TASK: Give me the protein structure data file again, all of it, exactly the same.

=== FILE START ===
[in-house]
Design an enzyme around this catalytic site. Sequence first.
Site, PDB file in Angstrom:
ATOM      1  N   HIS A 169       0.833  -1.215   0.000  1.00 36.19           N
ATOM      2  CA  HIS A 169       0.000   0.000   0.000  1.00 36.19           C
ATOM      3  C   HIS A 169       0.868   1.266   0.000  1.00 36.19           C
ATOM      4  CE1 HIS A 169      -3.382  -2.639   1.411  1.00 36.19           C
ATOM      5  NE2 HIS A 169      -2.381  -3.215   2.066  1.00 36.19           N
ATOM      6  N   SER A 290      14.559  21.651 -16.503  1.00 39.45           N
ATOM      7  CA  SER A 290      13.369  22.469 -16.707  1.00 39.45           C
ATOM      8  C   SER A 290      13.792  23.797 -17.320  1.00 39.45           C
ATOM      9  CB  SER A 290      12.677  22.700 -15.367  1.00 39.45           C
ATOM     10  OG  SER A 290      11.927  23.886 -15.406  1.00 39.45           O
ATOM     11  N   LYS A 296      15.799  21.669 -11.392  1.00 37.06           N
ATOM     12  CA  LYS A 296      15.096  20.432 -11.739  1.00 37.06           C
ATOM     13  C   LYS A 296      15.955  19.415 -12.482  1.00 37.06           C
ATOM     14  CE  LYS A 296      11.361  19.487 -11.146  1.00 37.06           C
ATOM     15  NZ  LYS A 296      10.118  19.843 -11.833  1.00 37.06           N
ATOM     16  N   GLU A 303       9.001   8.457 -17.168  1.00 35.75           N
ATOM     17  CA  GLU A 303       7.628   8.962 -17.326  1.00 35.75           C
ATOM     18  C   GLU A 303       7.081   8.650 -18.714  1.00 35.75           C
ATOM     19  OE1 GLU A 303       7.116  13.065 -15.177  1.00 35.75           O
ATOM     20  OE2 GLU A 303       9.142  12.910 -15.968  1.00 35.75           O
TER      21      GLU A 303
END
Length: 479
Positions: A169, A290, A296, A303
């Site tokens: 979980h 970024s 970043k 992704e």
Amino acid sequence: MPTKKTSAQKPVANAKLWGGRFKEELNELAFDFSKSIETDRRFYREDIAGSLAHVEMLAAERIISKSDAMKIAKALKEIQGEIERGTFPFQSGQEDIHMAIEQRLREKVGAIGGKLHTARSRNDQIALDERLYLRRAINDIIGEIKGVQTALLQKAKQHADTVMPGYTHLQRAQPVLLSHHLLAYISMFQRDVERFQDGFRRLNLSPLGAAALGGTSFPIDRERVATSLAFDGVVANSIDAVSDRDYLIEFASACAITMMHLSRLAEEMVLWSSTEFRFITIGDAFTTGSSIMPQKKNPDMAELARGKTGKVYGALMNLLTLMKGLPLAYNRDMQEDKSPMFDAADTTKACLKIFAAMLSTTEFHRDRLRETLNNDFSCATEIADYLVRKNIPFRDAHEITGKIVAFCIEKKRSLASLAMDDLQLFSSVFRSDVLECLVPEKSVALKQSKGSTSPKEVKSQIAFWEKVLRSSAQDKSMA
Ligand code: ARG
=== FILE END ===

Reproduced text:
[in-house]
Design an enzyme around this catalytic site. Sequence first.
Site, PDB file in Angstrom:
ATOM      1  N   HIS A 169       0.833  -1.215   0.000  1.00 36.19           N
ATOM      2  CA  HIS A 169       0.000   0.000   0.000  1.00 36.19           C
ATOM      3  C   HIS A 169       0.868   1.266   0.000  1.00 36.19           C
ATOM      4  CE1 HIS A 169      -3.382  -2.639   1.411  1.00 36.19           C
ATOM      5  NE2 HIS A 169      -2.381  -3.215   2.066  1.00 36.19           N
ATOM      6  N   SER A 290      14.559  21.651 -16.503  1.00 39.45           N
ATOM      7  CA  SER A 290      13.369  22.469 -16.707  1.00 39.45           C
ATOM      8  C   SER A 290      13.792  23.797 -17.320  1.00 39.45           C
ATOM      9  CB  SER A 290      12.677  22.700 -15.367  1.00 39.45           C
ATOM     10  OG  SER A 290      11.927  23.886 -15.406  1.00 39.45           O
ATOM     11  N   LYS A 296      15.799  21.669 -11.392  1.00 37.06           N
ATOM     12  CA  LYS A 296      15.096  20.432 -11.739  1.00 37.06           C
ATOM     13  C   LYS A 296      15.955  19.415 -12.482  1.00 37.06           C
ATOM     14  CE  LYS A 296      11.361  19.487 -11.146  1.00 37.06           C
ATOM     15  NZ  LYS A 296      10.118  19.843 -11.833  1.00 37.06           N
ATOM     16  N   GLU A 303       9.001   8.457 -17.168  1.00 35.75           N
ATOM     17  CA  GLU A 303       7.628   8.962 -17.326  1.00 35.75           C
ATOM     18  C   GLU A 303       7.081   8.650 -18.714  1.00 35.75           C
ATOM     19  OE1 GLU A 303       7.116  13.065 -15.177  1.00 35.75           O
ATOM     20  OE2 GLU A 303       9.142  12.910 -15.968  1.00 35.75           O
TER      21      GLU A 303
END
Length: 479
Positions: A169, A290, A296, A303
């Site tokens: 979980h 970024s 970043k 992704e």
Amino acid sequence: MPTKKTSAQKPVANAKLWGGRFKEELNELAFDFSKSIETDRRFYREDIAGSLAHVEMLAAERIISKSDAMKIAKALKEIQGEIERGTFPFQSGQEDIHMAIEQRLREKVGAIGGKLHTARSRNDQIALDERLYLRRAINDIIGEIKGVQTALLQKAKQHADTVMPGYTHLQRAQPVLLSHHLLAYISMFQRDVERFQDGFRRLNLSPLGAAALGGTSFPIDRERVATSLAFDGVVANSIDAVSDRDYLIEFASACAITMMHLSRLAEEMVLWSSTEFRFITIGDAFTTGSSIMPQKKNPDMAELARGKTGKVYGALMNLLTLMKGLPLAYNRDMQEDKSPMFDAADTTKACLKIFAAMLSTTEFHRDRLRETLNNDFSCATEIADYLVRKNIPFRDAHEITGKIVAFCIEKKRSLASLAMDDLQLFSSVFRSDVLECLVPEKSVALKQSKGSTSPKEVKSQIAFWEKVLRSSAQDKSMA
Ligand code: ARG